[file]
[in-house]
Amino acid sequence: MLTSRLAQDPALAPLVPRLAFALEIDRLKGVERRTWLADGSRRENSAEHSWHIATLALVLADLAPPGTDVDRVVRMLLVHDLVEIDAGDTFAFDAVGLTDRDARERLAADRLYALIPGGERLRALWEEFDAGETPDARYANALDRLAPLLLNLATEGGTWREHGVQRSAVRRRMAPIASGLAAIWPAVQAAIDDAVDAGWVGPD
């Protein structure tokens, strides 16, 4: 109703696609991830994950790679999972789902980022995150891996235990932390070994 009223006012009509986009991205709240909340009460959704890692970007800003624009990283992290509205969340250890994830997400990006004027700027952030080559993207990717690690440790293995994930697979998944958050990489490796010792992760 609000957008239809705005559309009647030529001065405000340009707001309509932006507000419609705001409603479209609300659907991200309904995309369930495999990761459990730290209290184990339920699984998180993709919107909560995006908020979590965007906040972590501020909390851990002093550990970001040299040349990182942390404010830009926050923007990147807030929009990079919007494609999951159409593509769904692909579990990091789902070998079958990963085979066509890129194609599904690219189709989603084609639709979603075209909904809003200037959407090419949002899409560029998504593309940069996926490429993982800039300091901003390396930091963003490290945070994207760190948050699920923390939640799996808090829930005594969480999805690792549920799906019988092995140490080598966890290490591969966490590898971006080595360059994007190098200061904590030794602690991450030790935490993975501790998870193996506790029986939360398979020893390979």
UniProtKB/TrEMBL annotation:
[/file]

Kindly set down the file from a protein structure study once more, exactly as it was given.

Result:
[in-house]
Amino acid sequence: MLTSRLAQDPALAPLVPRLAFALEIDRLKGVERRTWLADGSRRENSAEHSWHIATLALVLADLAPPGTDVDRVVRMLLVHDLVEIDAGDTFAFDAVGLTDRDARERLAADRLYALIPGGERLRALWEEFDAGETPDARYANALDRLAPLLLNLATEGGTWREHGVQRSAVRRRMAPIASGLAAIWPAVQAAIDDAVDAGWVGPD
């Protein structure tokens, strides 16, 4: 109703696609991830994950790679999972789902980022995150891996235990932390070994 009223006012009509986009991205709240909340009460959704890692970007800003624009990283992290509205969340250890994830997400990006004027700027952030080559993207990717690690440790293995994930697979998944958050990489490796010792992760 609000957008239809705005559309009647030529001065405000340009707001309509932006507000419609705001409603479209609300659907991200309904995309369930495999990761459990730290209290184990339920699984998180993709919107909560995006908020979590965007906040972590501020909390851990002093550990970001040299040349990182942390404010830009926050923007990147807030929009990079919007494609999951159409593509769904692909579990990091789902070998079958990963085979066509890129194609599904690219189709989603084609639709979603075209909904809003200037959407090419949002899409560029998504593309940069996926490429993982800039300091901003390396930091963003490290945070994207760190948050699920923390939640799996808090829930005594969480999805690792549920799906019988092995140490080598966890290490591969966490590898971006080595360059994007190098200061904590030794602690991450030790935490993975501790998870193996506790029986939360398979020893390979």
UniProtKB/TrEMBL annotation: